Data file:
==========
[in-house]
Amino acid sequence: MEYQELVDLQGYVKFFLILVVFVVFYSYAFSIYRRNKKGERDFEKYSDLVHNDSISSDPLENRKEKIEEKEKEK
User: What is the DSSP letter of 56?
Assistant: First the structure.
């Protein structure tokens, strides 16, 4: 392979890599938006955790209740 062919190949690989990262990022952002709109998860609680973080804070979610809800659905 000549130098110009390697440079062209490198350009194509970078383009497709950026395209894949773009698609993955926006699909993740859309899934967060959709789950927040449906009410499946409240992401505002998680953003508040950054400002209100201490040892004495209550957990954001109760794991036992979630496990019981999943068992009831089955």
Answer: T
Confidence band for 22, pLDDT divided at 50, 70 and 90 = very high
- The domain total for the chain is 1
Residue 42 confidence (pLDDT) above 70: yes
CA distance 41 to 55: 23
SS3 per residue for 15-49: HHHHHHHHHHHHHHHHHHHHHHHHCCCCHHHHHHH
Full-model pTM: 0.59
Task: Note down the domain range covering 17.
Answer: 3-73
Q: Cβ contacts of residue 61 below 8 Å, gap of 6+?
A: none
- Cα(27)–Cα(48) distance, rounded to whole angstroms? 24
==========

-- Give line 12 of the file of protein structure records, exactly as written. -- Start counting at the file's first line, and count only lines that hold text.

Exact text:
Full-model pTM: 0.59